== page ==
Where The Money Is Movie Review
Even in his 70s, strapped into a wheelchair and (supposedly) paralyzed by a stroke, Paul Newman is magnetic.
In the caper comedy "Where the Money Is" he plays an aged bank robber who has spent the better part of his life in the can. His first hint of freedom in eons has come when he's transferred to a nursing home after suffering a seizure that has left him a near vegetable.
Or has it? Even motionless and contorted there's still that glint in his eye -- which doesn't go unnoticed by one caretaker, played by Linda Fiorentino.
An inherently sultry, smoky-voiced, former wild child and small town prom queen who married poor and got stuck in a rut as a physical therapist for retirees, she's bored with her routine life and fascinated by this bank robber, who she suspects of playing possum and goes to outrageous lengths to break through his catatonic facade.
She tries to talk him into giving up what she's sure is a charade. She drops dinner trays trying to make him jump. She even unbuttons her uniform and performs a little lap dance to try to, well, get a rise out of him.
But nothing works until she goes to the extreme, pushing him, wheelchair and all, off a pier and into a canal. Just as she's about to panic and dive in after him, he climbs out of the water, suddenly glaring, healthy and very much in control of his faculties, saying "So you think you're pretty smart. Now what?"
Directed by Marek Kanievska ("Less than Zero"), "Where the Money Is" may be little more than amiable matinee material, but with Newman as its axis, the movie becomes instantly entertaining.
His elusive charm carries the picture as it builds toward becoming an energetic heist romp when -- having jettisoned her ennui and rediscovered her appetite for thrills -- Fiorentino suggests she help him knock over a bank.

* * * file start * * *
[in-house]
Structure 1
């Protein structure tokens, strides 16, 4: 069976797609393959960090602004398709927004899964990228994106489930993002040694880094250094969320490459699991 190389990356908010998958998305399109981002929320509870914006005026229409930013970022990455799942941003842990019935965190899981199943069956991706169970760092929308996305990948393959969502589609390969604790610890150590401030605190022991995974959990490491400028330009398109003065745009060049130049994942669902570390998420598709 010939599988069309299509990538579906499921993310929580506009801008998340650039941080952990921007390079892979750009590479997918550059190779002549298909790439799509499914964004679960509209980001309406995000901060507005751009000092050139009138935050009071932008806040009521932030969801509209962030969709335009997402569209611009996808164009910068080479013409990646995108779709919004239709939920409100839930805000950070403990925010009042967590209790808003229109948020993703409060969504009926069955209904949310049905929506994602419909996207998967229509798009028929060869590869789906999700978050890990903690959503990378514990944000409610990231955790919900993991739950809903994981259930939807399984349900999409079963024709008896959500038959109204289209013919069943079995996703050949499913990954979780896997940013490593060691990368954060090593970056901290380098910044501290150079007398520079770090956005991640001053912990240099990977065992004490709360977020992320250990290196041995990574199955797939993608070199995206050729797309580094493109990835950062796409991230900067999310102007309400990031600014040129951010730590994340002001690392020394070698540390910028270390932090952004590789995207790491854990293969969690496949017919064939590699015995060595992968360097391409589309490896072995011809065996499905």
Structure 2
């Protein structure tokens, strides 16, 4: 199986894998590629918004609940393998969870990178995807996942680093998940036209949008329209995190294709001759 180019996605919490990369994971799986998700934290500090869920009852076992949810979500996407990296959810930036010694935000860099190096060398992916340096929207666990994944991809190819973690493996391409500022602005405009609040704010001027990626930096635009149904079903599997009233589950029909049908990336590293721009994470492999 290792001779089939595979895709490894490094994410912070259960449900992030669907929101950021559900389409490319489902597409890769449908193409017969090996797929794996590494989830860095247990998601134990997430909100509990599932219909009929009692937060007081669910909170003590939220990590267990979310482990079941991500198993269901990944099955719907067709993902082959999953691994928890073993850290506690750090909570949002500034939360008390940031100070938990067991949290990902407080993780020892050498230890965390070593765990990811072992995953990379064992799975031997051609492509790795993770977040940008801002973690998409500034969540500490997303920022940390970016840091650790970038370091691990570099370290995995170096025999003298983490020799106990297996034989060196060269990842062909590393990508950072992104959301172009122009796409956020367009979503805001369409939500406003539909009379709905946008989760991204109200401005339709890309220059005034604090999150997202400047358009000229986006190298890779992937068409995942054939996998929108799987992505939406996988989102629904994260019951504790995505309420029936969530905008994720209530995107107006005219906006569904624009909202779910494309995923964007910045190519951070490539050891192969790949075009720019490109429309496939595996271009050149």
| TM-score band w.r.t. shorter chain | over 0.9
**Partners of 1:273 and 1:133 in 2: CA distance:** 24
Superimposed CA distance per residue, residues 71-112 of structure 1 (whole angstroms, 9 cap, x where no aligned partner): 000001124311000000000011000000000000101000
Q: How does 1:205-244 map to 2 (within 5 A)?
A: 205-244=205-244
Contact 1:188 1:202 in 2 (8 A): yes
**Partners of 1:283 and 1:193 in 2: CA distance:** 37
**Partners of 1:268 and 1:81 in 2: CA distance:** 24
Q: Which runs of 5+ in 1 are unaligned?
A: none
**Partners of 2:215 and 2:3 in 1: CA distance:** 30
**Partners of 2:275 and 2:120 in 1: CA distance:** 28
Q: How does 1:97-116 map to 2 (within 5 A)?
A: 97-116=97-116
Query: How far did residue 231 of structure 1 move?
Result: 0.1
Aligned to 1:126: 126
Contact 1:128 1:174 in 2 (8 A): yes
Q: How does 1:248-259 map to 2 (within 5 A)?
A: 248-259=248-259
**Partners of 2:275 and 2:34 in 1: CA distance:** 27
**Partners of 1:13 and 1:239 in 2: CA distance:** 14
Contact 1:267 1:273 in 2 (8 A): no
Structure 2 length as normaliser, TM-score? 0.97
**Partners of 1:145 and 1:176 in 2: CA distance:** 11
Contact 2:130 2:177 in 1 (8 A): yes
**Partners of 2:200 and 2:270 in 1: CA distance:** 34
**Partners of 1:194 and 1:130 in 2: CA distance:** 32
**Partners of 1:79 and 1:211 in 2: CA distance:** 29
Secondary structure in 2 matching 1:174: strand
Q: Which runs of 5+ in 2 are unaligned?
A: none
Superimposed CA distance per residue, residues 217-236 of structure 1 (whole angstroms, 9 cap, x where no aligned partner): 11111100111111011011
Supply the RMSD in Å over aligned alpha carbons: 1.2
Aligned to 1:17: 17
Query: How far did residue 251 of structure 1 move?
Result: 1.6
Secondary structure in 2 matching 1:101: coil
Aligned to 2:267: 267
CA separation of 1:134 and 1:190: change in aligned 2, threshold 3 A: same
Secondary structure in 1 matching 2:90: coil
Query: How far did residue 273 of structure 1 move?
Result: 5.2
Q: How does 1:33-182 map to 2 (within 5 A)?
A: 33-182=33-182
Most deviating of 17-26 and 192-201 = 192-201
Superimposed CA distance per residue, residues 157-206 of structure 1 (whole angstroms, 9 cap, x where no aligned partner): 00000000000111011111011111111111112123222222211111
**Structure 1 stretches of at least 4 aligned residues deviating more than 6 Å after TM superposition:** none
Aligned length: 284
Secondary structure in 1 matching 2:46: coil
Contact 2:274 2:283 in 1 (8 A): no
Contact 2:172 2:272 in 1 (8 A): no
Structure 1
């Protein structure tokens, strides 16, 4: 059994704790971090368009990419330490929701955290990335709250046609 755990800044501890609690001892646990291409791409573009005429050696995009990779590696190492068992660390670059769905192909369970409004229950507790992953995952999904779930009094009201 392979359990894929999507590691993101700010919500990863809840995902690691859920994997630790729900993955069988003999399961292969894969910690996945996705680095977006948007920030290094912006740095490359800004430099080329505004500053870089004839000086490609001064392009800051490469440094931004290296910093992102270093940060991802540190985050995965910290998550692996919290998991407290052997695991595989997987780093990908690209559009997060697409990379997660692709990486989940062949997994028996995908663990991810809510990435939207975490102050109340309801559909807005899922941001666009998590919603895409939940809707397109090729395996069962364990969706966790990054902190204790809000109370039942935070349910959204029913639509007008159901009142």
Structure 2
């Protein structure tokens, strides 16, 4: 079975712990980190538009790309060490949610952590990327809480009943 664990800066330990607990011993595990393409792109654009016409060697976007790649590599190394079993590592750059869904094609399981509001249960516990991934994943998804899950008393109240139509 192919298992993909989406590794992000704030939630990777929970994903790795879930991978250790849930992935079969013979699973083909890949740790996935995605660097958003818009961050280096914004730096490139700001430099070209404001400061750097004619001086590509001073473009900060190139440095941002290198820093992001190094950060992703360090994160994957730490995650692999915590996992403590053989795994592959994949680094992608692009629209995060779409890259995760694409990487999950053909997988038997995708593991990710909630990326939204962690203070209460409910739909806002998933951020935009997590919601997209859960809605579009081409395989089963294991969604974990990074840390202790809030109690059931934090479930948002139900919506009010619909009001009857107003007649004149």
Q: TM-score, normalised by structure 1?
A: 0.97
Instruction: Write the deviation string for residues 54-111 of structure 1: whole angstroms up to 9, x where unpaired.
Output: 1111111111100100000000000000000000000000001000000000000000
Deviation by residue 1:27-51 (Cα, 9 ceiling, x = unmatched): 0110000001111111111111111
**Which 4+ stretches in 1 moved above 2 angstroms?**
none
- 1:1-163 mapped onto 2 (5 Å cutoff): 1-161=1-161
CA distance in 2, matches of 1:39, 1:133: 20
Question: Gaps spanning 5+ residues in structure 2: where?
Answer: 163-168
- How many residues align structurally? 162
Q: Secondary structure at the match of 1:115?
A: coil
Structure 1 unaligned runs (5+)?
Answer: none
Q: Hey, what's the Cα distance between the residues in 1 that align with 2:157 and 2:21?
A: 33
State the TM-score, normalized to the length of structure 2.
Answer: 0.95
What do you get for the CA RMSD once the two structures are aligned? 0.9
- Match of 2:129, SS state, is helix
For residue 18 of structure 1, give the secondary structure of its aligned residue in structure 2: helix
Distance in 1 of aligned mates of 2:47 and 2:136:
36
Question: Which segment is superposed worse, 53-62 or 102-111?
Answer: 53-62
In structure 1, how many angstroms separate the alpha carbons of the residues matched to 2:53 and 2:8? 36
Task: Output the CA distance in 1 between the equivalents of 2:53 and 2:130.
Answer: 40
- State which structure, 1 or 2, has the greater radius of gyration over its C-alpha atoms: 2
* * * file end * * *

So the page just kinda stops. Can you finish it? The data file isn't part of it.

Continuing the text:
Newman rolls his eyes, but after a little bad luck with his old partner (who has taken off with his share of their last score) his best and only option seems to be to play along, planning an elaborate, chancy armored car job with this over-eager nurse and her nervous, unreliable husband (Dermot Mulroney).
Kanievska keeps the movie bouncing with light comedy ("How come you can't just be a compulsive shopper?" Mulroney complains to his wife) and a soundtrack heavy with toe-tapping Cars tunes from the '80s ("You Might Think," "My Best Friend's Girl"). He doesn't try to over-extend the film's guffaws or adventure because wisely recognizes "Money" for what it is -- capricious, low-calorie, five-dollar escapism for folks who don't require explosions, stunts or over-the-top comedians-cum-actors to have a good time at the movies.
Without Newman and Fiorentino -- who at 40 boasts the kind of sustained sensuality and appeal that may garner her the same kind of staying power her co-star has -- "Where the Money Is" might not be much more than a clever concept with a few pages of sassy dialogue. But with them, it's charismatic, sharp and lively, even if it is largely forgettable.
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